“Street Farm” – Growing Food, Jobs and Hope on the Urban Frontier
by Michael Ableman, Chelsea Green Publishing, $ 29.95
or read for free at the Long Haul Info-Shop
Review by elke
Author Michael Ableman is one of the early visionaries of urban agriculture and co-founder of Sole Food Street Farms.
The colorful, expressive pictures alone were soul food to me.
The book describes the struggles, set backs and lessons learned in pursuing the vision to establish a farming project in Vancouver’s Downtown Eastside, a neighborhood that was lacking healthy food and jobs. It tells the heart- (and soul-)warming stories of a lot of the person(alitie)s working hard to grow the project. I was touched by the openness and honesty of these stories about how the connection to food also was changing people’s connection to life, a sometimes challenging process.
This is an inspiring and, at the same time, very practical book for people who want to get involved in urban farming or start their own project even outside the city. It also contains numerous tables and side notes, turning it into a valuable handbook for future urban farmers.
It is a beautiful book, even if it didn’t fulfill my hope of presenting a way out of our disconnected agricultural and economic system: The farm is heavily dependent on the high end restaurants that it serves (it also sells some of it’s produce at local farmers markets).
Much of the money generated by Sole Food Street Farms stays in the community and gives meaningful work to people who have been socially and economically marginalized.
Though I admire the folks involved with this project very much, the image of these fat cats dining on this beautiful produce in their 5 star restaurants made me want to throw a pipe bomb! You know that feeling, right?
So we were cleaning the Slingshot loft and discovered this pile of fucking zines from like years ago that we probably should have reviewed but well, we’re activists, so like we’ve been busy with freeway shutdowns and putting on punk shows, and all sorts of other stuff that seemed more important than reviewing your zine (sorry). (seriously, sorry!!) We wish we could review everything that is sent to us, and it totally keeps us up at night, all these great zines that just keep piling up for us at the infoshop. The zines we don’t review still get added to the Long Haul zine library, where they will live until someone steals them—so at least that’s something, right? Shit. Anyway, sorry. Here are some hella belated zine reviews:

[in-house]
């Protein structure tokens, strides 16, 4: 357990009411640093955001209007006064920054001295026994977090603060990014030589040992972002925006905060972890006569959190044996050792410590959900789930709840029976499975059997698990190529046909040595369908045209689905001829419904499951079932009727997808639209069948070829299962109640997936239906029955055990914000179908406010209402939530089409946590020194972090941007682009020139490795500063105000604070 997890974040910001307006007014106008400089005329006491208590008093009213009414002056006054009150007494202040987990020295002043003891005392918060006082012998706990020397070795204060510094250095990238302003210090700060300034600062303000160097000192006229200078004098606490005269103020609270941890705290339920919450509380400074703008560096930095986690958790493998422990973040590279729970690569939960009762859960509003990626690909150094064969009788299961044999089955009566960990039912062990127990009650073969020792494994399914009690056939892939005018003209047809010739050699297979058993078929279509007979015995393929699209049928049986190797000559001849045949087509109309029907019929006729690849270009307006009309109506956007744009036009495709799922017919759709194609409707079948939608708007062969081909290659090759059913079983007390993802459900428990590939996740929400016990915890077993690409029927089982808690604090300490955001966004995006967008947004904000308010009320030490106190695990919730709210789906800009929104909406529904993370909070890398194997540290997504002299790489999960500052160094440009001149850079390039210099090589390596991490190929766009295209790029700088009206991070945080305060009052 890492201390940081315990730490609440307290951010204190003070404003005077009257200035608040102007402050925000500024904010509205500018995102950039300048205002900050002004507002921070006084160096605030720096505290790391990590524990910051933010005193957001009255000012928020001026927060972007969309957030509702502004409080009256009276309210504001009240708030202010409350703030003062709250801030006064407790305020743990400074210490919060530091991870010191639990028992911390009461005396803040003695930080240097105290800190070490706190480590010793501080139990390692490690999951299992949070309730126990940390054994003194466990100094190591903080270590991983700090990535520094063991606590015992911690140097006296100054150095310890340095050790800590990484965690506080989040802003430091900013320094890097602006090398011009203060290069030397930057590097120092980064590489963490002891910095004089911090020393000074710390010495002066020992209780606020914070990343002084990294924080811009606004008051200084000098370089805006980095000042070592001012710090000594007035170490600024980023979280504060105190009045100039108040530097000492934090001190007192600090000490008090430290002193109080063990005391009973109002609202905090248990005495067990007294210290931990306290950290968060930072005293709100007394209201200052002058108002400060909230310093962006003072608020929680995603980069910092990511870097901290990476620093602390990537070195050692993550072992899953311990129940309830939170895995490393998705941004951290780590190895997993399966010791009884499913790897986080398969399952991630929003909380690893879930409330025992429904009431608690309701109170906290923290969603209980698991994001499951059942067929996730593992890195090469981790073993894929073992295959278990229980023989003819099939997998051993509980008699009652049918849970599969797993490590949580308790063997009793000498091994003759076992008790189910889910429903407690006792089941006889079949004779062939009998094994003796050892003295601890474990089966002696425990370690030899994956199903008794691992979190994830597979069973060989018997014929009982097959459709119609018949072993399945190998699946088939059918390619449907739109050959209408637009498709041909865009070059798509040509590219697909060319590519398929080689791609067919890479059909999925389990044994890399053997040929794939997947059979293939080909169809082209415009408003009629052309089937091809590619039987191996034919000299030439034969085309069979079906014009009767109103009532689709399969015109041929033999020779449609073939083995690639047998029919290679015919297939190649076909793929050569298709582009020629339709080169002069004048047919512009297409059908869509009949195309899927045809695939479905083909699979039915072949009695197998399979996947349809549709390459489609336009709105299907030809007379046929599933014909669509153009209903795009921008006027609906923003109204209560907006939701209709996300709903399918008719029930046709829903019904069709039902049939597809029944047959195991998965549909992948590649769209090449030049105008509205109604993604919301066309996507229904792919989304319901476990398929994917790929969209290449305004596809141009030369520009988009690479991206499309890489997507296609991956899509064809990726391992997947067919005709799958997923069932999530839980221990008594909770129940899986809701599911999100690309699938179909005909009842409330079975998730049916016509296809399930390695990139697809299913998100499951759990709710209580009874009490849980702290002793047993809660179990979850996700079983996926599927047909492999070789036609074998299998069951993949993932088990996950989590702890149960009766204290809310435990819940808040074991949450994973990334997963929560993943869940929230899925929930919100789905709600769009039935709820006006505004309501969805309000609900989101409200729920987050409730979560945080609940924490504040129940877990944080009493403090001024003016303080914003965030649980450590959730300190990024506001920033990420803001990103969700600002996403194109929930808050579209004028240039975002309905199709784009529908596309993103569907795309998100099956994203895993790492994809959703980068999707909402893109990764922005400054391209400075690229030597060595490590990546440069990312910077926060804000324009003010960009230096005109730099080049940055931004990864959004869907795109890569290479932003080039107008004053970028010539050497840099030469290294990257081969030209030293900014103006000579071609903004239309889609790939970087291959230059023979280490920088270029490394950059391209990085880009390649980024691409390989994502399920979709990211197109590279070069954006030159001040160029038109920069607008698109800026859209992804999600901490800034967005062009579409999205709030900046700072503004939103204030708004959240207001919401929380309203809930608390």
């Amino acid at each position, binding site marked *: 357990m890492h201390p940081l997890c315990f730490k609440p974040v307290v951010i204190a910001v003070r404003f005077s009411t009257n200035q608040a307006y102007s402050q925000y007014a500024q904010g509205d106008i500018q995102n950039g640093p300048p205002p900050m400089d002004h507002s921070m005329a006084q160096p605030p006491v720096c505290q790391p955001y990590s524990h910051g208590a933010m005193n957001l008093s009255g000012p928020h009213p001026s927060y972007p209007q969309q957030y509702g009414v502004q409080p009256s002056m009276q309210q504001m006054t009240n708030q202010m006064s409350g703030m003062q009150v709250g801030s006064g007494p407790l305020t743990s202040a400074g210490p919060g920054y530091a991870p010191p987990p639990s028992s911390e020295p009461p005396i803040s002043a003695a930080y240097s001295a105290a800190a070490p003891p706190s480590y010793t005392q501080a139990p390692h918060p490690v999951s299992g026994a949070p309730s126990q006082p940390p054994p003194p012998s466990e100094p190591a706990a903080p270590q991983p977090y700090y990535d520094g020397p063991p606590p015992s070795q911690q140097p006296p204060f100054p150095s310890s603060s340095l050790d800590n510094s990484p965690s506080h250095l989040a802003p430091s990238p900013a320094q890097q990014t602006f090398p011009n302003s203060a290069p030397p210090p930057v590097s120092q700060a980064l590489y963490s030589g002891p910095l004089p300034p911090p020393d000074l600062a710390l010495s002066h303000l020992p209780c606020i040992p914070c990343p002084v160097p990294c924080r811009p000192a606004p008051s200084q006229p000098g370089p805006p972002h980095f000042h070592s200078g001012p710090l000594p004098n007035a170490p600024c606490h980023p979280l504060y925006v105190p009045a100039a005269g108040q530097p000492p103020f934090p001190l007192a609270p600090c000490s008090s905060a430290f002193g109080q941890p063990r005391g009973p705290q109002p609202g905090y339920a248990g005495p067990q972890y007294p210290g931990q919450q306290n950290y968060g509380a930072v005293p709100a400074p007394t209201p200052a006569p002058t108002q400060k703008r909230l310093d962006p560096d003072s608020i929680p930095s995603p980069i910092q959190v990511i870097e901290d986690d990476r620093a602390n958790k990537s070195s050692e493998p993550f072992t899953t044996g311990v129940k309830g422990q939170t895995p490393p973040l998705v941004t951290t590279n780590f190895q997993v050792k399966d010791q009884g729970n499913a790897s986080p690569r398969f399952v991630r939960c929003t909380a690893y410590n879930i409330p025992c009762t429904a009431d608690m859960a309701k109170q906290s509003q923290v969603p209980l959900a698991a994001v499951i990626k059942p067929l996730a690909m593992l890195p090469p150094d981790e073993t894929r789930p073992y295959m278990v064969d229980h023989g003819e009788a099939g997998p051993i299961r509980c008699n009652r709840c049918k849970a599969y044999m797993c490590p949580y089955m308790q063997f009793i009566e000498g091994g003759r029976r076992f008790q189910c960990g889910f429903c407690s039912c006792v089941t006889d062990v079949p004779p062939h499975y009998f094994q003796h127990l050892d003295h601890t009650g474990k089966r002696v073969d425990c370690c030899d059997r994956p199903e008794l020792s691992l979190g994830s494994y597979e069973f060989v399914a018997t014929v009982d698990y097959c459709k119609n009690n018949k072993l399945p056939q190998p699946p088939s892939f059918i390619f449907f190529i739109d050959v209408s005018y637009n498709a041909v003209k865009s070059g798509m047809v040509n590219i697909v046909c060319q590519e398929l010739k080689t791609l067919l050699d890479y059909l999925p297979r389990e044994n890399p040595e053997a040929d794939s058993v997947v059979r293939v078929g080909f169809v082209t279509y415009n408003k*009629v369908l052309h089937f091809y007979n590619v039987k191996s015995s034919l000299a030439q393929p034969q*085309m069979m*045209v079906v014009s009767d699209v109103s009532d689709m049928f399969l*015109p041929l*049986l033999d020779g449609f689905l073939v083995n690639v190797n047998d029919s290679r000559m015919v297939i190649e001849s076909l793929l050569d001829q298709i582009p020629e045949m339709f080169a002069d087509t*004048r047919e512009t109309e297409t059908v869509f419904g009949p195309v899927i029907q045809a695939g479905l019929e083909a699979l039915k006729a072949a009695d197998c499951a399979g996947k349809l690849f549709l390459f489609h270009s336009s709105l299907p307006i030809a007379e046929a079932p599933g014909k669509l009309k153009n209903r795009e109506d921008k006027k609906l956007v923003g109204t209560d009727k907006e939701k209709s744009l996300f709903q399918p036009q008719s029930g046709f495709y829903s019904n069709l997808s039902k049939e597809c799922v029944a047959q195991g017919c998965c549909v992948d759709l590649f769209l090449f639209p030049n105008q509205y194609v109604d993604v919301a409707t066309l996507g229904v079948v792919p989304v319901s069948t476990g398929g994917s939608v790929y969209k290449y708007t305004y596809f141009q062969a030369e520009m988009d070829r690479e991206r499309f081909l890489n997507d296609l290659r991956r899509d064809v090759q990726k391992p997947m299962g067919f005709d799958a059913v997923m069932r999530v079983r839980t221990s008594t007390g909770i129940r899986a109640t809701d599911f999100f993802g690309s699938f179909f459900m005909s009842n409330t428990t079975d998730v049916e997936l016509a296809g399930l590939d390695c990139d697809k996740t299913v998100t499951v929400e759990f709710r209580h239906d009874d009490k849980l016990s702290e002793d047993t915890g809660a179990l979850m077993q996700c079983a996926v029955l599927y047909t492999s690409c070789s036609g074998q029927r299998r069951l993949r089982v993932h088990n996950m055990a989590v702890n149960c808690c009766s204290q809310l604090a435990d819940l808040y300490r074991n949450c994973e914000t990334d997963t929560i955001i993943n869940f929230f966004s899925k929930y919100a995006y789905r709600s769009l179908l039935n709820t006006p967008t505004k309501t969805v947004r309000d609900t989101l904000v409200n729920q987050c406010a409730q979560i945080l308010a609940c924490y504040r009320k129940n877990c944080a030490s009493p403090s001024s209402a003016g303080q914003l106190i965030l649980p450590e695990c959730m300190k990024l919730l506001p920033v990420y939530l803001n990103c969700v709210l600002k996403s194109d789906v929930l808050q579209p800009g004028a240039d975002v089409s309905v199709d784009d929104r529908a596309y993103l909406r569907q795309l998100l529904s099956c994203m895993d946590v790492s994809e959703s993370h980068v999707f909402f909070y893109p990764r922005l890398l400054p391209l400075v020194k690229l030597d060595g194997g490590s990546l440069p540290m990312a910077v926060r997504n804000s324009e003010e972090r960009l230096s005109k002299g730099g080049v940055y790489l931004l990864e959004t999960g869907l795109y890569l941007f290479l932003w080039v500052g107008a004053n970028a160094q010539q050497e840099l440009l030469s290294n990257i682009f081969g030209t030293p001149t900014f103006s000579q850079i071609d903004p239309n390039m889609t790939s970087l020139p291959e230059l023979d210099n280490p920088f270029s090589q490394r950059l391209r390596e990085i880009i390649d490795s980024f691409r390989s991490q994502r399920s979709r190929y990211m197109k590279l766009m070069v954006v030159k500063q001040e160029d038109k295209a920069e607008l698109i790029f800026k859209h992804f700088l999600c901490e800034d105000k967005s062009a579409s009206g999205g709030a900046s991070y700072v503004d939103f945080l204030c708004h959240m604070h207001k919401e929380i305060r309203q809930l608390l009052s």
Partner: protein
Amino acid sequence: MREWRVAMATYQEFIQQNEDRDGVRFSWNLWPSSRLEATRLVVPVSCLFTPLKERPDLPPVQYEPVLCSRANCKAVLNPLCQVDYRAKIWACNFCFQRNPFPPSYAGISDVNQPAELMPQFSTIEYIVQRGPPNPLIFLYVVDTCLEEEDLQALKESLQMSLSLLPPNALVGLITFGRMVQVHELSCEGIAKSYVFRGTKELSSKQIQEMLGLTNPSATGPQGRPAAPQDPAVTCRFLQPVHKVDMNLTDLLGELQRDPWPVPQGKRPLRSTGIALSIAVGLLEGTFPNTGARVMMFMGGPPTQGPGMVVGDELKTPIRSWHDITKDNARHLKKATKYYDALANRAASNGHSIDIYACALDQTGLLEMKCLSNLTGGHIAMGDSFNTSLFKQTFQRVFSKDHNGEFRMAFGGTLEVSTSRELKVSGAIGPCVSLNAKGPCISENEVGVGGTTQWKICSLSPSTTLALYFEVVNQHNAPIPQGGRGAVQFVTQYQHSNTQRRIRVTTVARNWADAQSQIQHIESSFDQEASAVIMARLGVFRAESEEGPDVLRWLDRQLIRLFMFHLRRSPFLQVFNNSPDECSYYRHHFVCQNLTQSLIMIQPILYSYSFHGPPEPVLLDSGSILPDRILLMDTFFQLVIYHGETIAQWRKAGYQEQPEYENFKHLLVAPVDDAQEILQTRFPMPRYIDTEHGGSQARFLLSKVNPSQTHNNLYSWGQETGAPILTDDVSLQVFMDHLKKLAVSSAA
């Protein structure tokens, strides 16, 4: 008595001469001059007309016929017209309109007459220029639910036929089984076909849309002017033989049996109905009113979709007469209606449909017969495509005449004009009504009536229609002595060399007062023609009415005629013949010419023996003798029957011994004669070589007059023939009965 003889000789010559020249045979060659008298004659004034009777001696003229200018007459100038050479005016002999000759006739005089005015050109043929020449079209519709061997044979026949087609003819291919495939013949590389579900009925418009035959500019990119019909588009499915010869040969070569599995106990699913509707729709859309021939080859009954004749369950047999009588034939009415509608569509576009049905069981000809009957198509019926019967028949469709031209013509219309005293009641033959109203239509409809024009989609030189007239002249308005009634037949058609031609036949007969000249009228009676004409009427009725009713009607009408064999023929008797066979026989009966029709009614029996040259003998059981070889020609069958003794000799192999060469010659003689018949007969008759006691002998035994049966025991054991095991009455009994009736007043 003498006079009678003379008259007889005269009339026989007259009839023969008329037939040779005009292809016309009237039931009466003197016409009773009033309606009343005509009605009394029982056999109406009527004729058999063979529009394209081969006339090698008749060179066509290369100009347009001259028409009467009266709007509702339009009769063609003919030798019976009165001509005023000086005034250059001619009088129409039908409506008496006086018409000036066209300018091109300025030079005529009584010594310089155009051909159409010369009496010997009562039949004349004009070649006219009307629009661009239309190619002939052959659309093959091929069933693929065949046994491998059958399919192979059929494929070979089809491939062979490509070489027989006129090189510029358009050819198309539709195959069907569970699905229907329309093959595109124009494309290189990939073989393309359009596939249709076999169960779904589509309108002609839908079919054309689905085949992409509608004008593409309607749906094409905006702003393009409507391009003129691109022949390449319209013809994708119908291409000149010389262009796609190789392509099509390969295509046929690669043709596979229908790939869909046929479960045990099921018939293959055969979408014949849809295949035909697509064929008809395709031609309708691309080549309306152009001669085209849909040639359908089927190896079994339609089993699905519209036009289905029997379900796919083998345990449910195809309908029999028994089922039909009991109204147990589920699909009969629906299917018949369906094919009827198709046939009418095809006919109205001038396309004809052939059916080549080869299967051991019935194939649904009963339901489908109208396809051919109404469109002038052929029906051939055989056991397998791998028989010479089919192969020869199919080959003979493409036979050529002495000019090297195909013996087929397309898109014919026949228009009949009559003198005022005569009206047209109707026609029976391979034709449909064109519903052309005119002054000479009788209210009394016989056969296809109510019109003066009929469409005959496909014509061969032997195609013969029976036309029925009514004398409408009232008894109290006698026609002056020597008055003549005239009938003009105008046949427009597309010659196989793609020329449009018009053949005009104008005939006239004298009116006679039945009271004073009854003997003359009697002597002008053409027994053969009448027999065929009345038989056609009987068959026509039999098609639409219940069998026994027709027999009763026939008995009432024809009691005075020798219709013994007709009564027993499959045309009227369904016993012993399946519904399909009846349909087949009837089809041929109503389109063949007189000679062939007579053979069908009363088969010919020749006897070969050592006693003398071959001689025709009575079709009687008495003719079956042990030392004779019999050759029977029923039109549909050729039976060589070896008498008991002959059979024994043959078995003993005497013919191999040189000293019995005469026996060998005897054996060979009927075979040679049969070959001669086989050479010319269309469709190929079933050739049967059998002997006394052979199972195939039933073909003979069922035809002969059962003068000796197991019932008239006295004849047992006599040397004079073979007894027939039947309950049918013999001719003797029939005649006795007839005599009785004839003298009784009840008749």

GREEN-EYED MONSTERS: My Report on Jealousy
By Lacey Johnson
This terrific zine is a very courageous personal exploration of the intense jealousy Lacey experienced in a romantic relationship. She responded to a crippling episode of jealousy by reading about, researching, and analyzing jealousy. Being a professional illustrator and writer, she wrote the zine as a therapeutic tool for herself and others struggling with the primal experience of fear, anger, and sadness that can be triggered by a partner being attracted to or involved with someone else.
While brutally honest about the pain and the sometimes less than stellar behavior that jealousy can cause, the zine is hilariously funny. Even better, every page is brimming with amazing graphics and comics including everything from Miss Piggy and her rival pig Denise, to Beyonce with the baseball bat, from Homer Simpson to Oprah, to Bob Ross painting your emotional landscape, and more. Despite the heavy topic, she doesn’t take herself too seriously. The disclaimer on page one says, “This was born from snot and confusion and a failed love project and turning on the light to look in the mirror. I am not a love doctor, I am just a Pisces with an Aquarius moon.” The whole zine has that same humility and humor, and whatever your experience with jealousy, you are likely to find it educational and entertaining.